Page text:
It might be that the human brain is not what is producing our consciousness. It might be that the human body is just acting as a kind of receptacle for consciousness that originated from some distant source.

This receptacle theory of consciousness may appeal to anyone who thinks that human consciousness is something that is too wonderful and amazing to be produced by a few pounds of gelatinous mass like a brain. If you think that things such as the plays of Shakespeare or the theory of relativity or the symphonies of Beethoven or the dialogues of Plato are something too sublime to have been produced by a few pounds of flesh, you may be attracted to the idea that our consciousness comes from some higher external source – perhaps something (material or immaterial) that is a lot more lofty than a few pounds of flesh.

One advantage of such a theory is that it removes the difficulty of explaining how natural selection was able to create all the wonders of human consciousness. As explained in this post, it is hard to explain how Darwinian evolution was able to produce quite a few features of human consciousness (such as aesthetic appreciation, spirituality, and philosophical reasoning abilities) that do not seem to have any survival value, from a Darwinian standpoint of "surviving until reproduction." But if our consciousness comes from elsewhere, this difficulty goes away.

We know that brain states can have an effect on the current state of our consciousness – for example, someone with Alzheimer's disease can lose his memory, and someone with a stroke can lose some mental abilities. Does that prove that your brain produces your mind? Not necessarily. The state of your television set affects how good a picture you see, and if you smash your TV set with a hammer, you won't see your programs as well as before. But that does not show your television set produces the television programs. The television programs come from elsewhere. Similarly, your mind could have originated from an external source, and the current state of your brain could act as a kind of limit on the current state of that mind.

Now let's consider: what, if anything, might be evidence to support such a receptacle theory of consciousness? It seems that anything suggesting that human consciousness can exist outside of the body might be evidence against the assumption that consciousness is produced entirely by the human brain. We might say that any such evidence, if it exists, would tend to enhance the credibility of this receptacle theory, or at least “raise its stock” by quite a few points.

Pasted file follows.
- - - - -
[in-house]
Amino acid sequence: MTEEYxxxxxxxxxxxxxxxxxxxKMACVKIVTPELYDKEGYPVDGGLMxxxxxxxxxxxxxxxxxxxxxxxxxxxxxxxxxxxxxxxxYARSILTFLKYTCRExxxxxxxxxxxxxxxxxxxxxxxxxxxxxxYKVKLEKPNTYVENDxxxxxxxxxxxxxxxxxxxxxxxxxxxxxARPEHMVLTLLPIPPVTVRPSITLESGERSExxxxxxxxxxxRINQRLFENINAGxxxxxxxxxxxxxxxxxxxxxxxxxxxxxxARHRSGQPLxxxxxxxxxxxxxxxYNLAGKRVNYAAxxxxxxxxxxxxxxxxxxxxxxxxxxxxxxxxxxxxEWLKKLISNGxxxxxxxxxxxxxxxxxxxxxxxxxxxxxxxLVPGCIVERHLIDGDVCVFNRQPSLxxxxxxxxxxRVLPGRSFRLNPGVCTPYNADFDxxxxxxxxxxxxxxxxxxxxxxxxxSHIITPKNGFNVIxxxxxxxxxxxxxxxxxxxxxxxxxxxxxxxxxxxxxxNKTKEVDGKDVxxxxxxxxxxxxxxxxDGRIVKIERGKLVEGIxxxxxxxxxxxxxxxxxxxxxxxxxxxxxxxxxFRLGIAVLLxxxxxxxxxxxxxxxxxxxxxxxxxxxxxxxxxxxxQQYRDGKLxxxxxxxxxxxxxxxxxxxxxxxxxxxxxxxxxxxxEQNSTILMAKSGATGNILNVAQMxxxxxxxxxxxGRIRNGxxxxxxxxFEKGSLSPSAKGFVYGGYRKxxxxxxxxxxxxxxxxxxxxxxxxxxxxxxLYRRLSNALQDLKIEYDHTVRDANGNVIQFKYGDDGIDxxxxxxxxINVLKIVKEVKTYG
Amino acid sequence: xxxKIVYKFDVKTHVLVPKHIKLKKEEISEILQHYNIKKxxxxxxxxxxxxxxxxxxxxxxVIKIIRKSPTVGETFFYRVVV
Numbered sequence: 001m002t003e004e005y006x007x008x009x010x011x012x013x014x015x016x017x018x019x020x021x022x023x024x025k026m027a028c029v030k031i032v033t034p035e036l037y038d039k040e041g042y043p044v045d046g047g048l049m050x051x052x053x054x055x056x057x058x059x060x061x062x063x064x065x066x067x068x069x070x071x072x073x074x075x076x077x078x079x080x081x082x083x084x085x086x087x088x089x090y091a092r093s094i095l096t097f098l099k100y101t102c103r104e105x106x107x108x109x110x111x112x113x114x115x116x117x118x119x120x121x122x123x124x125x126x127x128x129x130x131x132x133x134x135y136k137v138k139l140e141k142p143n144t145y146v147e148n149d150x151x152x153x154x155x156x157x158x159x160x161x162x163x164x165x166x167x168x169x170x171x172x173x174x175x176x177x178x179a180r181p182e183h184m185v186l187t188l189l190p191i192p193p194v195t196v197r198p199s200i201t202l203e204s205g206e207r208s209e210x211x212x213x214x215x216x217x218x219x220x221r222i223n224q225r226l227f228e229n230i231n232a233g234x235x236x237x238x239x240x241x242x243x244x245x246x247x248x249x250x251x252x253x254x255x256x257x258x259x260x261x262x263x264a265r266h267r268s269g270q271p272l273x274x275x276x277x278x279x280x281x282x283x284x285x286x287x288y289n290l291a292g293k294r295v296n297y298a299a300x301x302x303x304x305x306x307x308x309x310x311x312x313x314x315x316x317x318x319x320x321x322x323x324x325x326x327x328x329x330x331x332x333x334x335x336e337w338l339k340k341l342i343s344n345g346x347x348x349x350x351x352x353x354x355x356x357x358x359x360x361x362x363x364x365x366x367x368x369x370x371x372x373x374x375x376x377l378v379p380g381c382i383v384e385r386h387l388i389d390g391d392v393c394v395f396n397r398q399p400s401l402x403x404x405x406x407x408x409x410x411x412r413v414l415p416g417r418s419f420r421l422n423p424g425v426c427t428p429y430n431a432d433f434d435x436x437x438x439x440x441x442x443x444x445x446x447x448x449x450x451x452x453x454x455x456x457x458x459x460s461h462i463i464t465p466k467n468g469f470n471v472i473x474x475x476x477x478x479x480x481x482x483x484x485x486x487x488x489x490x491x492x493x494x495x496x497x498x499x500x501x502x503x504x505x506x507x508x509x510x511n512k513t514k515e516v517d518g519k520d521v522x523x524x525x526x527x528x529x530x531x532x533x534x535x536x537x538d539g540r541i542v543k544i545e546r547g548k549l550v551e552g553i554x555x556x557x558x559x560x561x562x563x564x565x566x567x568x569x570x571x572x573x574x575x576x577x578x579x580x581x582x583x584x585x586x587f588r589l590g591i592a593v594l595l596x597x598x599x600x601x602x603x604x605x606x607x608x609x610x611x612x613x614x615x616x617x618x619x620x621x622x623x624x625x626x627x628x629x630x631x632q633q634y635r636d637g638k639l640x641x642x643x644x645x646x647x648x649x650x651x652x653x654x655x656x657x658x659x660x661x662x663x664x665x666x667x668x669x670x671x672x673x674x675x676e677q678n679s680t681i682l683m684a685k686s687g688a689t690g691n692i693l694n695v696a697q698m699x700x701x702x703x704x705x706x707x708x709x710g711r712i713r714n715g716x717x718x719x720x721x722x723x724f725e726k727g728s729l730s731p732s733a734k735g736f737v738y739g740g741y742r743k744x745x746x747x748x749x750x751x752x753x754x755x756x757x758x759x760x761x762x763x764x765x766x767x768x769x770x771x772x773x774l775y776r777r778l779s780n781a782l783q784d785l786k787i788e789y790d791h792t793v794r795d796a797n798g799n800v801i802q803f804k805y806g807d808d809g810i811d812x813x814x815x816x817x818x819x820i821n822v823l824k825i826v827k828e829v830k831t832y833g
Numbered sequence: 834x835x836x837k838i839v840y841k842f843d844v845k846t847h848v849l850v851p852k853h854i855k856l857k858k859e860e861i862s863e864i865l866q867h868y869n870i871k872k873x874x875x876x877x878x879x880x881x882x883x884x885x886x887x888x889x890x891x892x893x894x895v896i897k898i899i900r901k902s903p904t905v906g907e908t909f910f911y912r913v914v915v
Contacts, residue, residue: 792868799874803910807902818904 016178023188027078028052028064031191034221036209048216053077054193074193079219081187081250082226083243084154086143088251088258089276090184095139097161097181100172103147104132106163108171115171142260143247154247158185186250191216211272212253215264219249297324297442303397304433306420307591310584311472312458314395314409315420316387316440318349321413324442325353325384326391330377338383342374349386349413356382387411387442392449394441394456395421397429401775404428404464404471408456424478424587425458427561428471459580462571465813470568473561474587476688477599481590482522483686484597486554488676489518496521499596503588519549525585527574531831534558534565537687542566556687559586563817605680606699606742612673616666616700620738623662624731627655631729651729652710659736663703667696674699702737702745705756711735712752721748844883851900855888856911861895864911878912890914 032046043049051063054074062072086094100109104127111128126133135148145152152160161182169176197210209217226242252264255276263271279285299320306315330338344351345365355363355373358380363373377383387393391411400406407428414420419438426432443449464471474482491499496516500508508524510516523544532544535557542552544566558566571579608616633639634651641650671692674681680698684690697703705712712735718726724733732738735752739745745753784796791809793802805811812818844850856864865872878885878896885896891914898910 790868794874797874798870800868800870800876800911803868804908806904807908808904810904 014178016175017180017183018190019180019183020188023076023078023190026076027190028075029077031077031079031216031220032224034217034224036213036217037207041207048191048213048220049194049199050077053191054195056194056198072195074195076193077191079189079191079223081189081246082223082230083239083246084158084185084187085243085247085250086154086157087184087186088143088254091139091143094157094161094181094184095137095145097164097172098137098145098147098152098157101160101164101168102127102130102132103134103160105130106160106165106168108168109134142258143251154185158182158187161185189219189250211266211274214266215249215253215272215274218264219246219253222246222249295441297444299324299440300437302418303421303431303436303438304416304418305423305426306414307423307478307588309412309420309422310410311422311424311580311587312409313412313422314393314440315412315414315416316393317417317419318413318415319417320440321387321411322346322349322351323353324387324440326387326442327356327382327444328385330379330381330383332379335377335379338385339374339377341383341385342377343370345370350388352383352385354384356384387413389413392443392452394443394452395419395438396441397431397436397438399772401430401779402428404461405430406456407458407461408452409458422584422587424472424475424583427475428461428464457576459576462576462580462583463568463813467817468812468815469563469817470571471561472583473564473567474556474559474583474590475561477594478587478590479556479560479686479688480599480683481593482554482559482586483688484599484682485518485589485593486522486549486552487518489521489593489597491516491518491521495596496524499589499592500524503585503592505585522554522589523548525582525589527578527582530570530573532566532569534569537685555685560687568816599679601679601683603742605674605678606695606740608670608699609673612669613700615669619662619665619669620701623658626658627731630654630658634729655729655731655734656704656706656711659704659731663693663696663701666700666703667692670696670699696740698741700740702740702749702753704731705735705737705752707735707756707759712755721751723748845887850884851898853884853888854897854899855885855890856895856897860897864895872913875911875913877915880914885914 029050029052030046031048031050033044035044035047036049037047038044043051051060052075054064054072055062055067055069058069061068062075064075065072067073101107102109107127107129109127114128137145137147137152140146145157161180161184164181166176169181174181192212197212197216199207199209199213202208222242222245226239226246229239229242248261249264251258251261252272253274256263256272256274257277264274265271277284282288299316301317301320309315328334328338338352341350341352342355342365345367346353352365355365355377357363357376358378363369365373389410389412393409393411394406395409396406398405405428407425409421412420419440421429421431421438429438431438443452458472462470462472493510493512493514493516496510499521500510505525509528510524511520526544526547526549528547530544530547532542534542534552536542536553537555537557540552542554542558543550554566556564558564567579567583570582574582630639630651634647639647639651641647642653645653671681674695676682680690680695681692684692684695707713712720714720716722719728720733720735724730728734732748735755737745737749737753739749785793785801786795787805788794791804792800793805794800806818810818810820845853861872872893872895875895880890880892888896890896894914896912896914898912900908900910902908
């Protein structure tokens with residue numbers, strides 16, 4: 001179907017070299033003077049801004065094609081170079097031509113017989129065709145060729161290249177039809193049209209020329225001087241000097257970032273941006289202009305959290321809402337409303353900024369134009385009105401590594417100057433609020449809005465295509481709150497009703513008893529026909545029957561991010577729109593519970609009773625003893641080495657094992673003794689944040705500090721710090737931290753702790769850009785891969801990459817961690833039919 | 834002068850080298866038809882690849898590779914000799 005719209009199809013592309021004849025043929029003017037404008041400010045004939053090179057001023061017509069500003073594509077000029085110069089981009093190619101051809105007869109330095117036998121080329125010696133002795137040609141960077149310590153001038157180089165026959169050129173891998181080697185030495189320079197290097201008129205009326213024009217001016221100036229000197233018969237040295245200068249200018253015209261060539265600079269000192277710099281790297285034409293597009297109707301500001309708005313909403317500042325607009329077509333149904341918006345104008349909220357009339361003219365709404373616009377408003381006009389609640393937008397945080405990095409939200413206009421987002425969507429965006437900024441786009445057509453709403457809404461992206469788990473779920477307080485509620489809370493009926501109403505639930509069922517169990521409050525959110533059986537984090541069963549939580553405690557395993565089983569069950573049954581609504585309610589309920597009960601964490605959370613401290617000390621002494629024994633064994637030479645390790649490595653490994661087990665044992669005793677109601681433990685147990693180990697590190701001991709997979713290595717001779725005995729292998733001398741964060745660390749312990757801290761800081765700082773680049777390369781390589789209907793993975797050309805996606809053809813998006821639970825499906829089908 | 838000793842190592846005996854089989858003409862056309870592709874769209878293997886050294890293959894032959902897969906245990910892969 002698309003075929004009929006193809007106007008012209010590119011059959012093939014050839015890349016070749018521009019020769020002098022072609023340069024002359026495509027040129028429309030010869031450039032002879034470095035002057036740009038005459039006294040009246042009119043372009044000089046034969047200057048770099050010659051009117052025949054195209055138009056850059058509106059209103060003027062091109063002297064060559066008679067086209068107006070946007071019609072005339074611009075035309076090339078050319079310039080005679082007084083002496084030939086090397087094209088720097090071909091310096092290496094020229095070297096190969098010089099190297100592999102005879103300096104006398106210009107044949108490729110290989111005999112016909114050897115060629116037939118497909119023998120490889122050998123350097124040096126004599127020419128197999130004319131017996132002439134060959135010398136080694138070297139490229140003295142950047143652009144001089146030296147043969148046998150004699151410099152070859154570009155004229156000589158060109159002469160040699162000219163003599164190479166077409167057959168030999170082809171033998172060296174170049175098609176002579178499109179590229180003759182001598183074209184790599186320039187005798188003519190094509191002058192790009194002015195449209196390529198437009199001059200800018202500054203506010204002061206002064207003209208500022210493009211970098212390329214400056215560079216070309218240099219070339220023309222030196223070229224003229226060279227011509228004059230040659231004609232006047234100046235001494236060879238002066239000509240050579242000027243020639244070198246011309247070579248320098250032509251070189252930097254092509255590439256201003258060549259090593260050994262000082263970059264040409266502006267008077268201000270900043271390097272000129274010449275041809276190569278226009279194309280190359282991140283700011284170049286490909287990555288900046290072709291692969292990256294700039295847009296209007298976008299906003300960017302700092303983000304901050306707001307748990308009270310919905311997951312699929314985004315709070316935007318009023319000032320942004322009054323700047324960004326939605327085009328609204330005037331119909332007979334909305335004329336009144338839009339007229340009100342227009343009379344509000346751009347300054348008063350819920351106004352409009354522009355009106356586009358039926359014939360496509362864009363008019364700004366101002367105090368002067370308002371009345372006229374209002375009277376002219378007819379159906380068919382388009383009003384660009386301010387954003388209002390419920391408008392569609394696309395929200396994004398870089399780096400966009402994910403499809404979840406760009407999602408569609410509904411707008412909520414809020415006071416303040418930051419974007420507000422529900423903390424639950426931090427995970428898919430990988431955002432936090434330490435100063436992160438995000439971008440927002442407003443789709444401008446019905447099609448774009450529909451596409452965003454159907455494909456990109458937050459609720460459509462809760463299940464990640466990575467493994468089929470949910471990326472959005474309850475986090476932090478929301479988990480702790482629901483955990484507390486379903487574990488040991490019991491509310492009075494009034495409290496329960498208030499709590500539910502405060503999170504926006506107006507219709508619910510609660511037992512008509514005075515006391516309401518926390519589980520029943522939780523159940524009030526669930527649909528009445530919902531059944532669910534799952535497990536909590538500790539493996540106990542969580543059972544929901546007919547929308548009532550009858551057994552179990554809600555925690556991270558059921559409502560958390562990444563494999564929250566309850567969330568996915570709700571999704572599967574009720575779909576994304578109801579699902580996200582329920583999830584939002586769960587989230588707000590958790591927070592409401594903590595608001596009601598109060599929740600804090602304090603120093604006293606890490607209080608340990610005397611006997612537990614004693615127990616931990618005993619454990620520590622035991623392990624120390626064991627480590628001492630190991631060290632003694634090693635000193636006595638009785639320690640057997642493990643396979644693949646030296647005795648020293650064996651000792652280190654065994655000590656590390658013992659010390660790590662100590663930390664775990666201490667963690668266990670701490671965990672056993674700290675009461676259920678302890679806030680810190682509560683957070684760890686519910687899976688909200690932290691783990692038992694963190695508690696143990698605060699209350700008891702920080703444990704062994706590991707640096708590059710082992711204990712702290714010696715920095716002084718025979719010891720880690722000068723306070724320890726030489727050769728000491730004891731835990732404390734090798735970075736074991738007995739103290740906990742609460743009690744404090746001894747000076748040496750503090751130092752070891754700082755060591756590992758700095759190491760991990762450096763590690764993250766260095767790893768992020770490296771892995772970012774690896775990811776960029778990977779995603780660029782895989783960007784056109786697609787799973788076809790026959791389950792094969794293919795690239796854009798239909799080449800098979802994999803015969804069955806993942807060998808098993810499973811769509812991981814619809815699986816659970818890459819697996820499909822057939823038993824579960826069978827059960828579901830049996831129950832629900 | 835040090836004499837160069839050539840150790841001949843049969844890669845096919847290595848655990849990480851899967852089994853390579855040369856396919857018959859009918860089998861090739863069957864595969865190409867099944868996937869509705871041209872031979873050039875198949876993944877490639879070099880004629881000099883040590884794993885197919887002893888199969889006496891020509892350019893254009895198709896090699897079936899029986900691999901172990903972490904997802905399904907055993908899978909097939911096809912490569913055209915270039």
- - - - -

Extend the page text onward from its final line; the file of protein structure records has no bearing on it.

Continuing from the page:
Evidence for near-death experiences (NDE) might therefore tend to lend credence to this receptacle theory. If your consciousness somehow originated from an external source, and then somehow came to dwell in your body, then we might expect that your consciousness might survive for at least a while after your brain function stopped.

Near death experiences seem to be quite incompatible with the idea that the brain is the sole producer of consciousness. If these experiences are not just hallucinations, then one almost needs some kind of miracle to account for some of these near death experiences, under the assumption that the brain is the sole producer of consciousness. But if we postulate that our minds came from some external source, then something like a near-death experience follows rather naturally from such an assumption. Returning to the analogy of the hive, the bee, and the flower, we should not be surprised if the bee leaves the flower if the flower is severed or dies.

Of course, the meaning of near-death experiences is certainly debatable. My purpose in this post is not to show the likelihood of this receptacle hypothesis of consciousness, but merely to present it as an interesting alternative to the conventional idea that consciousness is entirely produced by the human brain.

It may be argued that the theory I have suggested isn't really a theory, because it makes no predictions. To the contrary, there are some predictions that seem to follow from such a theory. These include the following: (1) all attempts to exactly explain the production of consciousness by analyzing neuron activity will be futile; (2) we will never be able to transfer or store minds by replicating brain states; (3) we will discover further evidence along the lines of near-death experiences and other phenomena suggesting consciousness can exist when the brain is not functioning. I don't know whether any of these things will come true, but at least they seem to be predictions that follow from a receptacle theory of consciousness.